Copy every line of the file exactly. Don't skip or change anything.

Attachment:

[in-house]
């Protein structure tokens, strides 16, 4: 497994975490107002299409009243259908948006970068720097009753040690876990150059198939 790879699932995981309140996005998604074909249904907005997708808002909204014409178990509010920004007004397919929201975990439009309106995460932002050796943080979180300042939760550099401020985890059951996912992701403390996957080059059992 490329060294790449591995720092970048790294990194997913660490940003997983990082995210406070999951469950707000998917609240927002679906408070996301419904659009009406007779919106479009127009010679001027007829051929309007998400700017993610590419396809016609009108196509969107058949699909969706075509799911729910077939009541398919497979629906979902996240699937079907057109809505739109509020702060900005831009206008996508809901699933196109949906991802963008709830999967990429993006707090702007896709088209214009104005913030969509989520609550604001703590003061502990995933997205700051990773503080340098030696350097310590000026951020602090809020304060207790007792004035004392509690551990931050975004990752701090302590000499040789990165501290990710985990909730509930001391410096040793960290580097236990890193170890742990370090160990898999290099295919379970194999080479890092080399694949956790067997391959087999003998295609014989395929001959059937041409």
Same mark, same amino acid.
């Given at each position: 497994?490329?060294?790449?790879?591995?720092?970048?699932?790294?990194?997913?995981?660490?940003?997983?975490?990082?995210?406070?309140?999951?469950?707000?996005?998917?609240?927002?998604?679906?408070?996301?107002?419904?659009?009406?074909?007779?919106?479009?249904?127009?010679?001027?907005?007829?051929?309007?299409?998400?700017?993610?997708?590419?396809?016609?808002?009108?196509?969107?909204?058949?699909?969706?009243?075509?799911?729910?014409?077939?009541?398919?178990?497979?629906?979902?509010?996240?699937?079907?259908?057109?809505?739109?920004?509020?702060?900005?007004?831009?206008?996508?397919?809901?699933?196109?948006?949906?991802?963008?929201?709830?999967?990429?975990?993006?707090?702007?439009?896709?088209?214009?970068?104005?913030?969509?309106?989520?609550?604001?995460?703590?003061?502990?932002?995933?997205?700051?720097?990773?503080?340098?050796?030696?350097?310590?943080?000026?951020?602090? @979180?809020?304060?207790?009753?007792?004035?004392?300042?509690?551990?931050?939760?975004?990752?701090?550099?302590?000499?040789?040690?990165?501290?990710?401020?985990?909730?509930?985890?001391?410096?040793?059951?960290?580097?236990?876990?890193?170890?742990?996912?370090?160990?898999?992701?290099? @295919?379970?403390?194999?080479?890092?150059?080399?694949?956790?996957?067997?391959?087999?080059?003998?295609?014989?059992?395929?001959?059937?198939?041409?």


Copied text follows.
[in-house]
């Protein structure tokens, strides 16, 4: 497994975490107002299409009243259908948006970068720097009753040690876990150059198939 790879699932995981309140996005998604074909249904907005997708808002909204014409178990509010920004007004397919929201975990439009309106995460932002050796943080979180300042939760550099401020985890059951996912992701403390996957080059059992 490329060294790449591995720092970048790294990194997913660490940003997983990082995210406070999951469950707000998917609240927002679906408070996301419904659009009406007779919106479009127009010679001027007829051929309007998400700017993610590419396809016609009108196509969107058949699909969706075509799911729910077939009541398919497979629906979902996240699937079907057109809505739109509020702060900005831009206008996508809901699933196109949906991802963008709830999967990429993006707090702007896709088209214009104005913030969509989520609550604001703590003061502990995933997205700051990773503080340098030696350097310590000026951020602090809020304060207790007792004035004392509690551990931050975004990752701090302590000499040789990165501290990710985990909730509930001391410096040793960290580097236990890193170890742990370090160990898999290099295919379970194999080479890092080399694949956790067997391959087999003998295609014989395929001959059937041409």
Same mark, same amino acid.
């Given at each position: 497994?490329?060294?790449?790879?591995?720092?970048?699932?790294?990194?997913?995981?660490?940003?997983?975490?990082?995210?406070?309140?999951?469950?707000?996005?998917?609240?927002?998604?679906?408070?996301?107002?419904?659009?009406?074909?007779?919106?479009?249904?127009?010679?001027?907005?007829?051929?309007?299409?998400?700017?993610?997708?590419?396809?016609?808002?009108?196509?969107?909204?058949?699909?969706?009243?075509?799911?729910?014409?077939?009541?398919?178990?497979?629906?979902?509010?996240?699937?079907?259908?057109?809505?739109?920004?509020?702060?900005?007004?831009?206008?996508?397919?809901?699933?196109?948006?949906?991802?963008?929201?709830?999967?990429?975990?993006?707090?702007?439009?896709?088209?214009?970068?104005?913030?969509?309106?989520?609550?604001?995460?703590?003061?502990?932002?995933?997205?700051?720097?990773?503080?340098?050796?030696?350097?310590?943080?000026?951020?602090? @979180?809020?304060?207790?009753?007792?004035?004392?300042?509690?551990?931050?939760?975004?990752?701090?550099?302590?000499?040789?040690?990165?501290?990710?401020?985990?909730?509930?985890?001391?410096?040793?059951?960290?580097?236990?876990?890193?170890?742990?996912?370090?160990?898999?992701?290099? @295919?379970?403390?194999?080479?890092?150059?080399?694949?956790?996957?067997?391959?087999?080059?003998?295609?014989?059992?395929?001959?059937?198939?041409?």